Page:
Lunch Love Notes

Do your children miss you?  I didn’t realize quite how much mine did until this week.

When I was little, my Mama often sent love notes along with my lunch.  The notes wouldn’t be long lists of the ways I pleased her or why she loved me better than my sisters (sorry, girls), the notes were more an indication that she thought and cared about me when I was not with her.  And even though my mom hasn’t been packing my lunch for over two decades, she still let’s me know she’s thinking of me.  Be it texts, emails or dropping a quick dime, she let’s me know I have been on her mind.  And it still feels good.

I write notes to my kids along with their lunches.  Usually quick things like, Hope you have a super day!  or I can’t wait to see you this afternoon!  But they always end with I love you, Mama.  Always.  Sometimes, I try to hide the note in with their lunch and make them search it out.  Sometimes, I toss it in at the last minute.  And sometimes, I forget.  Earlier this week, Mooch asked me if I would sign his Lunch Love Note from our entire family so he would be reminded of all of us during the day.  I asked Cub if he read the notes I sent.  He said yes and that his friends always tried to snatch the note from him to read it.  Timidly, I asked if it embarrassed him that I sent the notes…  (Say no, say no, say no…)  Yes, he said.  Do you want me to stop sending them with you?  No, he grinned.  [One of those Mama Moments]

Cub and I decided that I could try to write his Lunch Love Notes in code using a Lord of the Rings Lego decoder…  Well, I am truly a Mama of three boys.  So we are going to work on the decoder so I can tell him I Love You without anyone knowing.  But for now (until I learn to be a better Mama of three boys), we are going with this:

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The next morning, just as he had asked, I included a note with Mooch’s lunch which read: Dear Mooch, I hope you have a wonderful day and I can’t wait to hear about all the new things you learned and friends you played with!  We love you, Mama, Daddy, Cub and Zook.  XOXO.  I hid it inside his cloth sandwich bag and Velcroed it shut.  At dinner that night, I asked him if he had gotten the note.  He said he had found it and asked his teacher to read it to him.  Then I snuggled it when I had my nap time so I wouldn’t miss you as much.  [Mama Moment]  Sure enough, I found the Lunch Love Note crumpled up in his slipper.  Have I mentioned lately that I adore these children?  Maybe not enough.  Read on.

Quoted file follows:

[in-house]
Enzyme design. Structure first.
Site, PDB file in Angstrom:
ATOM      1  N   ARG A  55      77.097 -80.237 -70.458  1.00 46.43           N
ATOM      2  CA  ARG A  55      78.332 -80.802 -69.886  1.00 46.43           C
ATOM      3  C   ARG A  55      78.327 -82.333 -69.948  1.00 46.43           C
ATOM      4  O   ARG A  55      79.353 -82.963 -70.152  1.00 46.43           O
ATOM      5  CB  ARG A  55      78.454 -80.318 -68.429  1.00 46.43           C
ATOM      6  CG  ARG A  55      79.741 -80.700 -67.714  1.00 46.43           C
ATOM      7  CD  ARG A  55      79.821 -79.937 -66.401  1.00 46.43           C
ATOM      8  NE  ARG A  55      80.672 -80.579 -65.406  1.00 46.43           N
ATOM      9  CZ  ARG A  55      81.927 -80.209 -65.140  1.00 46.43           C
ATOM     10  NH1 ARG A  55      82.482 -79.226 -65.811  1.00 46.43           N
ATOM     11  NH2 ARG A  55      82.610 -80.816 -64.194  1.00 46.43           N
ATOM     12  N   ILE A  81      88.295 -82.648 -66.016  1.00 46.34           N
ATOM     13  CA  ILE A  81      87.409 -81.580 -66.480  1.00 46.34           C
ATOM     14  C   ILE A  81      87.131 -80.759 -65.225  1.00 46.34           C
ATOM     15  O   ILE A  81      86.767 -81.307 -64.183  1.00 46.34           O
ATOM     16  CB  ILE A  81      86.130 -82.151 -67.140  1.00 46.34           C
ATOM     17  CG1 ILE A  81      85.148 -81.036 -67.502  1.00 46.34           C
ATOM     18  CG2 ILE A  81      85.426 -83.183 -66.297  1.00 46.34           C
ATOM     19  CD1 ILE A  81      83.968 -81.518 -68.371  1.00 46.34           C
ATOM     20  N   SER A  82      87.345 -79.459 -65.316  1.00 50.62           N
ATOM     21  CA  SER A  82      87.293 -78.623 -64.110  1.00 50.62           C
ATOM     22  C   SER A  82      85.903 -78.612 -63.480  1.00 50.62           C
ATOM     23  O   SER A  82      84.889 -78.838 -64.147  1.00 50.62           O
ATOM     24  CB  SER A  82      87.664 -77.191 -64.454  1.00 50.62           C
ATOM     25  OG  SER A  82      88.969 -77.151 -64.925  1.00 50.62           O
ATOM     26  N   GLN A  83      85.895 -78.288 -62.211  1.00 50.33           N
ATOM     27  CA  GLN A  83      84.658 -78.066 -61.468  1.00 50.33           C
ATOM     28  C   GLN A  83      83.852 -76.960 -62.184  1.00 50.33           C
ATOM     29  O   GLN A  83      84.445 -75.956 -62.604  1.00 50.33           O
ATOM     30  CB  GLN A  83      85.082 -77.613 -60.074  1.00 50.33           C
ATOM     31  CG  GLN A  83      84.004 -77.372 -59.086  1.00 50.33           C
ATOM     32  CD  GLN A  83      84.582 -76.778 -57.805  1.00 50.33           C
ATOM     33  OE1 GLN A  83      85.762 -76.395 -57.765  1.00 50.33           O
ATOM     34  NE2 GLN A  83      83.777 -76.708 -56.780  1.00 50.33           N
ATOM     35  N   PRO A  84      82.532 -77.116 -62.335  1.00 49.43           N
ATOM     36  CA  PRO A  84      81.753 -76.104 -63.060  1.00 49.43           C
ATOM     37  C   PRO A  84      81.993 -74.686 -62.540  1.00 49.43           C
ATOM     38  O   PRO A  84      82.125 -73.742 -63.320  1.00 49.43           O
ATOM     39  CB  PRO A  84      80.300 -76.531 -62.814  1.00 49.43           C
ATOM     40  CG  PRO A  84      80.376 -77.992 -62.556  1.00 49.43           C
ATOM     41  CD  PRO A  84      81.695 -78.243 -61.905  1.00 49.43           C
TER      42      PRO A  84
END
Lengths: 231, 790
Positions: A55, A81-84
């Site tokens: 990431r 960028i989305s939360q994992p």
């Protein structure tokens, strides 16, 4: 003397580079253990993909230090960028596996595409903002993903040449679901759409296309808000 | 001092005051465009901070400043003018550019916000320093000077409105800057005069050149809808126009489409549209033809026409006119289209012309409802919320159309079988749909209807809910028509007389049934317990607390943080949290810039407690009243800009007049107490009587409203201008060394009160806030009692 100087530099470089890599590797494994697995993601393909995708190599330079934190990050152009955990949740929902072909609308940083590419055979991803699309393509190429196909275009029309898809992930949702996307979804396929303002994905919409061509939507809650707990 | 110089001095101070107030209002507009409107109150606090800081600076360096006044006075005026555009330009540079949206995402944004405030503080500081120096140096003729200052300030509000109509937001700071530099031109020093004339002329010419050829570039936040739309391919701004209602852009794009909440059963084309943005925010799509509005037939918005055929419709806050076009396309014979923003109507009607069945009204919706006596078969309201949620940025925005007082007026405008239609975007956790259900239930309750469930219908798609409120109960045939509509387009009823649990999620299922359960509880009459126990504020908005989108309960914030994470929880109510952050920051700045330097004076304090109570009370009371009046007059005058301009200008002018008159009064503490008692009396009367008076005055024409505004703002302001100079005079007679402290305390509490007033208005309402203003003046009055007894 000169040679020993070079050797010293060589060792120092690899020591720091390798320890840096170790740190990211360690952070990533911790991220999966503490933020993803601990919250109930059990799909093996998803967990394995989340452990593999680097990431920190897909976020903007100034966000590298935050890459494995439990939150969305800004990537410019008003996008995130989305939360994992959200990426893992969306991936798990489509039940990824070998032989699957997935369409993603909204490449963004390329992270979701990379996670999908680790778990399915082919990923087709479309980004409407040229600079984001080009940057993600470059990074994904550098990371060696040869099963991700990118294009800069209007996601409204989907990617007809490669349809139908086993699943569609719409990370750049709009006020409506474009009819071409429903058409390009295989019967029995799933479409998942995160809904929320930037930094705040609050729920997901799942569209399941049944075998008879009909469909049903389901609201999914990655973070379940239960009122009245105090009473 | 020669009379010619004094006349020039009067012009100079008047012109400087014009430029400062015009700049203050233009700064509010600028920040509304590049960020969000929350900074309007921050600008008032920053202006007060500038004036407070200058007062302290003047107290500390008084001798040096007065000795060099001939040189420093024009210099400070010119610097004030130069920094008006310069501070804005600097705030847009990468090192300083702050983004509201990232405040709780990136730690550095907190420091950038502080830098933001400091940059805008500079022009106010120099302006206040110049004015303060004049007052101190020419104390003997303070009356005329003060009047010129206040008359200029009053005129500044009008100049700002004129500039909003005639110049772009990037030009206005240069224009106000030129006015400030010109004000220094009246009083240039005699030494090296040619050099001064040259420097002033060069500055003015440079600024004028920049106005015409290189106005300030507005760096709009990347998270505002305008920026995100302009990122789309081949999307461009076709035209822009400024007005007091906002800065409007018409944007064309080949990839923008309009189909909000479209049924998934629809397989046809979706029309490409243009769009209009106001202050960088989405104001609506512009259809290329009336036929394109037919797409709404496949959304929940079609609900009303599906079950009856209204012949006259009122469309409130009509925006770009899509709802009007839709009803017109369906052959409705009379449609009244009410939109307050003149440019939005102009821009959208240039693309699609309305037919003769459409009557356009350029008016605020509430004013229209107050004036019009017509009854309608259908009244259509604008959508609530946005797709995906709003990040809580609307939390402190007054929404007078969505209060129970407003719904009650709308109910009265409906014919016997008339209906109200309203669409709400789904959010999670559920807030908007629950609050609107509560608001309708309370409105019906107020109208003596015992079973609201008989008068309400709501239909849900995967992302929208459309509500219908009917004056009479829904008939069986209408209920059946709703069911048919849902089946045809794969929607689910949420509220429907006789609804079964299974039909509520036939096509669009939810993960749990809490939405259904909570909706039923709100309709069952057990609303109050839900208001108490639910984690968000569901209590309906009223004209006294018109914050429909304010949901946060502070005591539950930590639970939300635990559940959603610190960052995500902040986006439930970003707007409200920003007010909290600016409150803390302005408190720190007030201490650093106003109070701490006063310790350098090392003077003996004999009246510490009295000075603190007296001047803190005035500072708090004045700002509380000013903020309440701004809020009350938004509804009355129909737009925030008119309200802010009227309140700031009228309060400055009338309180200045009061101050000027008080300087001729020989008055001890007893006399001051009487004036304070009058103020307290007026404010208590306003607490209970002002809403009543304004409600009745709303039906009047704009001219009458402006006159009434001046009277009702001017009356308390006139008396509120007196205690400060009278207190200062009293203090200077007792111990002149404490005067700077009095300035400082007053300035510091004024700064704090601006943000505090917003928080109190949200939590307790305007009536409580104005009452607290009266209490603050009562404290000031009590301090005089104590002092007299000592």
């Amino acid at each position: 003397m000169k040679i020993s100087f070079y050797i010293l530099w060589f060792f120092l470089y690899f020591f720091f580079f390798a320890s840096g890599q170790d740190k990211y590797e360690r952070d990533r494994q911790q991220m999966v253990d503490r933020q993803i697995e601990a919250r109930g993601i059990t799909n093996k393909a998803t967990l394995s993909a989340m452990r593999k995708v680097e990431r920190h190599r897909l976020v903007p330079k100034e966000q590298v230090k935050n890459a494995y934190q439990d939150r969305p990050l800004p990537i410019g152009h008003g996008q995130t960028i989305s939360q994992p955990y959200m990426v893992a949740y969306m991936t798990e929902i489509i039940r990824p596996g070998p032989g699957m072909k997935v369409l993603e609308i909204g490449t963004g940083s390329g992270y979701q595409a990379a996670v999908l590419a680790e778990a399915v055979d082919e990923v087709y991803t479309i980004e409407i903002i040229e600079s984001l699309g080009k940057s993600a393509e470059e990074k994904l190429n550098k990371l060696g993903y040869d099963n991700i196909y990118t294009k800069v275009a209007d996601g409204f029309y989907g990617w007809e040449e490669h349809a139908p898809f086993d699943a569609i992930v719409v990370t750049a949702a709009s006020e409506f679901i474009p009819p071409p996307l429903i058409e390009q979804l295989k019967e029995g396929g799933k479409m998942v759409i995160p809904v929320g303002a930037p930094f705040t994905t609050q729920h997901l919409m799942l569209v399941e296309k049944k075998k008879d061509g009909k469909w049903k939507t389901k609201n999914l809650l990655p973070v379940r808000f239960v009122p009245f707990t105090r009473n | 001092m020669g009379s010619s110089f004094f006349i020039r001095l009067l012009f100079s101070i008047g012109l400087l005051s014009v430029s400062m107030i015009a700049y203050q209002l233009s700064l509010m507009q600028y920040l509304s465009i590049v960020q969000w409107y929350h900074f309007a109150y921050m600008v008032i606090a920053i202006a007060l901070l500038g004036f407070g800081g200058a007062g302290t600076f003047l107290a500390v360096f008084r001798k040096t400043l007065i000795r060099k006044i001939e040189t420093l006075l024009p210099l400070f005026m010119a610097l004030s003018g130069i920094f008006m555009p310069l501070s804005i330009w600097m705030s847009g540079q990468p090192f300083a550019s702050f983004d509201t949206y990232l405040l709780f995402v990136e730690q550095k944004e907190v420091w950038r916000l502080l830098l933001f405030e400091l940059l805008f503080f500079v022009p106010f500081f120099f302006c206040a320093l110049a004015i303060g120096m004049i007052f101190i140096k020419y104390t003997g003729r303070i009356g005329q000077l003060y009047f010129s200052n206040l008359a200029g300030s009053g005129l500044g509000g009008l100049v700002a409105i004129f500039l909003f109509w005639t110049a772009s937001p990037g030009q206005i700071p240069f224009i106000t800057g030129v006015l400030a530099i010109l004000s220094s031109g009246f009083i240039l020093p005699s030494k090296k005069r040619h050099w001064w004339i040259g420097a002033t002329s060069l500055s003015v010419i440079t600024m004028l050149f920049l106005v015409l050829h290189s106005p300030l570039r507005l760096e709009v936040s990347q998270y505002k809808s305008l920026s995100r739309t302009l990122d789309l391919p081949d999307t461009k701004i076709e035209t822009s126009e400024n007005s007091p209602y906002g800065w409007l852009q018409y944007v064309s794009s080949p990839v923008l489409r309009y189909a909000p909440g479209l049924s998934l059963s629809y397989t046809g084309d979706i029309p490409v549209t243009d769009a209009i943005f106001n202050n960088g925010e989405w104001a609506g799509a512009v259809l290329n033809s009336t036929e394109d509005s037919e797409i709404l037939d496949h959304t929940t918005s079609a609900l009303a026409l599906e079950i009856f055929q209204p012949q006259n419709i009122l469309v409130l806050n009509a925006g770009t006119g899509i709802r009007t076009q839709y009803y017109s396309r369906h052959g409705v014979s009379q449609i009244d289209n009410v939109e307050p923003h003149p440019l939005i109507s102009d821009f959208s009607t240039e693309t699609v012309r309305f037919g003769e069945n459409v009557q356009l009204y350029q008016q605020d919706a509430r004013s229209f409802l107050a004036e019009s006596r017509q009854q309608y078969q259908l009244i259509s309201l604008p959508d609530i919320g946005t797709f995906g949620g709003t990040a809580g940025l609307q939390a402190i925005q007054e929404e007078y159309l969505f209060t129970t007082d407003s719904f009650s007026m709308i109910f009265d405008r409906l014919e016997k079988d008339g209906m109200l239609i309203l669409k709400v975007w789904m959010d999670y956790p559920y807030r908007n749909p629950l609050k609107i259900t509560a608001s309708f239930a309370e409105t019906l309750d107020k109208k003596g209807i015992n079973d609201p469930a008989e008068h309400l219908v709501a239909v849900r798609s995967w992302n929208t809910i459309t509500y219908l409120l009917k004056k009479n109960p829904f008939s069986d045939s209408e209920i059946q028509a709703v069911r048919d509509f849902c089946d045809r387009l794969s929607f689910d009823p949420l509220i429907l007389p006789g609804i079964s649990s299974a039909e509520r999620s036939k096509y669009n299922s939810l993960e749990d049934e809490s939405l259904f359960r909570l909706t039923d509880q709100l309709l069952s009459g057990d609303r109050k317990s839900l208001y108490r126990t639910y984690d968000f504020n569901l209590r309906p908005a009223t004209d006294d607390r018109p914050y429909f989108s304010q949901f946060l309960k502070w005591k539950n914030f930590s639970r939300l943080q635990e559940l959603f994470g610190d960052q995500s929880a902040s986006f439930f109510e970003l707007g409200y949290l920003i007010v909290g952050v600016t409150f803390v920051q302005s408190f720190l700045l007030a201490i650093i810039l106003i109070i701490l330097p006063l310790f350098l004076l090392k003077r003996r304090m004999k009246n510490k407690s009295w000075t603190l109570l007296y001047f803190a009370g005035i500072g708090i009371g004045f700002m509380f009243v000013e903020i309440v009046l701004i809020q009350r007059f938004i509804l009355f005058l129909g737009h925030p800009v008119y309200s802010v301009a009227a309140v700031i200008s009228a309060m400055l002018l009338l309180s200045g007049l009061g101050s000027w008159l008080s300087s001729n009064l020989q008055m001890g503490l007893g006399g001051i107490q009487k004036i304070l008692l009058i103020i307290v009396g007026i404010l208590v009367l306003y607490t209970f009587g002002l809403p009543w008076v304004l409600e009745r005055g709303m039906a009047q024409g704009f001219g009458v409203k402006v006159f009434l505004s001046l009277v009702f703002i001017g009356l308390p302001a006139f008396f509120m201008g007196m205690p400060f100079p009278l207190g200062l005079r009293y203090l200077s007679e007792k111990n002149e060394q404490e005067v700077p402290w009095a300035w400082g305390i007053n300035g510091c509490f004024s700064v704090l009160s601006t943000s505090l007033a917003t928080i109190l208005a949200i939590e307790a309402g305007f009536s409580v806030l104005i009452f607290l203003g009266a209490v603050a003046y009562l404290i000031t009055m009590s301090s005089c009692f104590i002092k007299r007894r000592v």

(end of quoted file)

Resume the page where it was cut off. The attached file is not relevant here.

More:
It’s reminding me that all too often, we Mamas spend hours per day critiquing our children.  Helping them get something right, giving out pointers, requests, advice.  We instruct, we make demands, we provide feedback.  These are all important things for sure but I wonder if the times per day we tell them we love them or miss them match these critiques.  Should it?  Now that I spend some time thinking about it, we do spend a great deal of energy on correcting our children and pointing out (kindly, of course) when they have made a mistake.  I am confident I tell them I love them at least… Twice… Shit.  It’s a simple thing.  It’s just that there are many other things that I need to say.  But what could be more important than I Love You…?  I think we all know the answer to that.

Now I am not talking about just saying it for the sake of saying it.  I love you I love you I love you.  See?  Meaningless.  But what about, The smile you had when you got off the bus today made my whole day better.  Or, I love your hugs.  Or better still, Can I have an extra hug so when I am missing you later today I remember how it feels to hold you?  These deeper, more meaningful expressions of love are just that: Deeper and more meaningful.  Which is exactly what I think kids need.  We need to quantify love for them- otherwise they may get lost in the vastness of it.  One of my favorite things to say to my kids is I love you more than all the leaves on all the trees in the whole entire world.  Then I point out a tree and ask him to try to count all the leaves.  I can’t- there’s too many, Mama.  Yup.  That’s right kiddo.  That’s right.

Peace, Mamas.